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      Osteogenic effect of bone marrow mesenchymal stem cell-derived exosomes on steroid-induced osteonecrosis of the femoral head

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          Abstract

          Background

          Animal studies have demonstrated the therapeutic effect of mesenchymal stem cells (MSCs) on osteogenesis, but little is known about the functions of exosomes (Exos) released by bone MSCs (BMSCs). Here, we investigated the effect of BMSC Exos on steroid-induced femoral head necrosis (SFHN) and explored the vital genes involved in this process.

          Materials and methods

          BMSCs were isolated from healthy and SFHN rats. BMSC Exos were isolated using the Exosome Precipitation Kit and characterized by transmission electron microscopy and Western blotting. SFHN BMSCs were incubated with Exos from healthy BMSCs. Osteogenic ability was assessed by oil red O staining and alizarine red staining. Differentially expressed genes (DEGs) induced by Exos were screened using the Osteogenesis RT 2 Profiler PCR Array. The effect of upregulated Sox9 was examined using lentivirus-mediated siRNA.

          Results

          The results revealed that BMSC Exos were 100–150 nm in size and expressed CD63. Moreover, BMSC Exo-treated SFHN cells exhibited suppressed adipogenesis compared to model cells. PCR array showed that eleven and nine genes were upregulated and downregulated, respectively, in the BMSC Exo-treated SFHN cells compared to the model group. Among the DEGs, osteogenesis-related genes, including Bmp2, Bmp6, Bmpr1b, Mmp9, and Sox9, may play important roles in SFHN. Furthermore, the DEGs were mainly involved in immune response, osteoblast differentiation, and in the transforming growth factor-β/bone morphogenetic protein signaling pathway. The level of the SOX9 protein was upregulated by Exos, and Sox9 silencing significantly decreased the osteogenic effect of BMSC Exos.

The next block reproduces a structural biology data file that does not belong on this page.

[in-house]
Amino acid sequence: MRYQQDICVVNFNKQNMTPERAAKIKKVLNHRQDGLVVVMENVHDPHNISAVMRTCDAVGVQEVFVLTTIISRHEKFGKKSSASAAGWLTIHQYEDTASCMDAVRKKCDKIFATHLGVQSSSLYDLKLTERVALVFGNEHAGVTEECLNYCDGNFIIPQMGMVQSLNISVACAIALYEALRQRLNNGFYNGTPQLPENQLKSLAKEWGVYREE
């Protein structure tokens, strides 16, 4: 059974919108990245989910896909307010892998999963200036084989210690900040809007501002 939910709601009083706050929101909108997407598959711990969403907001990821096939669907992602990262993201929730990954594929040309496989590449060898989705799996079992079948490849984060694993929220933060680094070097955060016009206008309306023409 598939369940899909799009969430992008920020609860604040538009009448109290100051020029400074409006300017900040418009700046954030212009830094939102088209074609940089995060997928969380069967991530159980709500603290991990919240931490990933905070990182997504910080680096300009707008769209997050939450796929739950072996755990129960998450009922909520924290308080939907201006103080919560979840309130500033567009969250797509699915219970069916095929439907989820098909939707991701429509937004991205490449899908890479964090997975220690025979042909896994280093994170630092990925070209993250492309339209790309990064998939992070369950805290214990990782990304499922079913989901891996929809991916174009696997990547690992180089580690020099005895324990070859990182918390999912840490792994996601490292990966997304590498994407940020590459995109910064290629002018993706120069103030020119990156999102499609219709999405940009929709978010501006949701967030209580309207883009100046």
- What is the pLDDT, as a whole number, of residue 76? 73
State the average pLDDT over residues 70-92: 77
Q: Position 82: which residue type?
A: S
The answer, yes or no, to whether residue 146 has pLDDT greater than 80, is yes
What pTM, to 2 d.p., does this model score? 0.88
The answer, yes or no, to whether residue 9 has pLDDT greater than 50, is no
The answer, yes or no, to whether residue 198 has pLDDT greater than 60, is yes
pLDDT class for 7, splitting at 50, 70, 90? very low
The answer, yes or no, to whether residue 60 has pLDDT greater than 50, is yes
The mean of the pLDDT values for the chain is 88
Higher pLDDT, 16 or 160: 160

Conclusion

          Our data suggest that Exos derived from BMSCs mainly affect SFHN osteogenesis, and this finding can be further investigated to develop a novel therapeutic agent for SFHN.

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          Most cited references 30

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          Exosomes: secreted vesicles and intercellular communications

          Exosomes are small membrane vesicles of endocytic origin secreted by most cell types, and are thought to play important roles in intercellular communications. Although exosomes were originally described in 1983, interest in these vesicles has really increased dramatically in the last 3 years, after the finding that they contain mRNA and microRNA. This discovery sparked renewed interest for the general field of membrane vesicles involved in intercellular communications, and research on these structures has grown exponentially over the last few years, probing their composition and function, as well as their potential value as biomarkers.
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            Exosomes: a common pathway for a specialized function.

            Exosomes are membrane vesicles that are released by cells upon fusion of multivesicular bodies with the plasma membrane. Their molecular composition reflects their origin in endosomes as intraluminal vesicles. In addition to a common set of membrane and cytosolic molecules, exosomes harbor unique subsets of proteins linked to cell type-associated functions. Exosome secretion participates in the eradication of obsolete proteins but several findings, essentially in the immune system, indicate that exosomes constitute a potential mode of intercellular communication. Release of exosomes by tumor cells and their implication in the propagation of unconventional pathogens such as prions suggests their participation in pathological situations. These findings open up new therapeutic and diagnostic strategies.